Thursday, August 9, 2012

Serbia hikes rate 25 bps to dampen inflation expectations

     Serbia's central bank, facing political and economic challenges, raised its policy rate by a further 25 basis points to 10.50 percent in a bid to dampen inflationary expectations.
    The Belgrade-based Narodna Banka Srbije, which recently lost its former governor and three other members of its governing council following new laws that tighten political influence over the bank, said inflation had approached the upper bound of its tolerance band and prices were expected to rise further due to higher food prices from a poor harvest and higher administrative and import prices.
     "In view of such developments and an increase in the country's risk premium, the Executive Board voted to raise the key policy rate in order to moderate inflationary pressures and act preemptively to contain inflation expectations," the central bank said in a statement.
     The bank also said the "degree of future monetary policy restrictiveness" would depend on fiscal consolidation, food prices and global developments, indicating a bias toward tightening rates further.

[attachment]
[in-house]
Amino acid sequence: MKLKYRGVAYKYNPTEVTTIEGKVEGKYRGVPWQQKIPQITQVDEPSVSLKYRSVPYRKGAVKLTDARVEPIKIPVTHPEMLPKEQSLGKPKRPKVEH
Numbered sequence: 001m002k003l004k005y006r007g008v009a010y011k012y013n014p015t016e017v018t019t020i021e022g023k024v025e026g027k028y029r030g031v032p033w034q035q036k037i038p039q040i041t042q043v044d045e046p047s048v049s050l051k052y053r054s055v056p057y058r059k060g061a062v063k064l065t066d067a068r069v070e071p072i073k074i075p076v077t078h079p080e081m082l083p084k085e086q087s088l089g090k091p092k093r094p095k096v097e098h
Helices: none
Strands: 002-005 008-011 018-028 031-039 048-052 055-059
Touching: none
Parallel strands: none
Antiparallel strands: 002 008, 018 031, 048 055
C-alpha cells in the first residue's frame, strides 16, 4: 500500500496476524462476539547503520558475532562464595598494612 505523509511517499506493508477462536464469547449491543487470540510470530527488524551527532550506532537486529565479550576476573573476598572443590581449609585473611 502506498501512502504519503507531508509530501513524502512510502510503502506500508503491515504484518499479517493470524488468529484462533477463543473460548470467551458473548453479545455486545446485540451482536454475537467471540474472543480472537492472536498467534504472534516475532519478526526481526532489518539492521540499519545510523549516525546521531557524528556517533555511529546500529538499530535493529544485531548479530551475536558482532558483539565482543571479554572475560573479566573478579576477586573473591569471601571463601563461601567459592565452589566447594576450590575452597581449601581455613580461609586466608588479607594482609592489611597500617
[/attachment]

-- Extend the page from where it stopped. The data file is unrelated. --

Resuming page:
It is the third month in a row that the bank has raised rates for a total rise of 100 basis points.
     The annual inflation rate in Serbia rose to 5.5 percent in June, hitting the upper limit of the bank's target range of 4.0 percent, plus or minus 1.5 percentage points.
    "Inflation is expected to peak in the first half of 2013 and the start retreating towards the target," the bank said.
    The meeting of the bank's board was the first under the new governor of Jorgovanka Tabakovic, who was appointed on Monday. On Tuesday Standard & Poor's cut Serbia's credit rating by one notch to BB- due to its budget deficit and worries over the central bank's independence.


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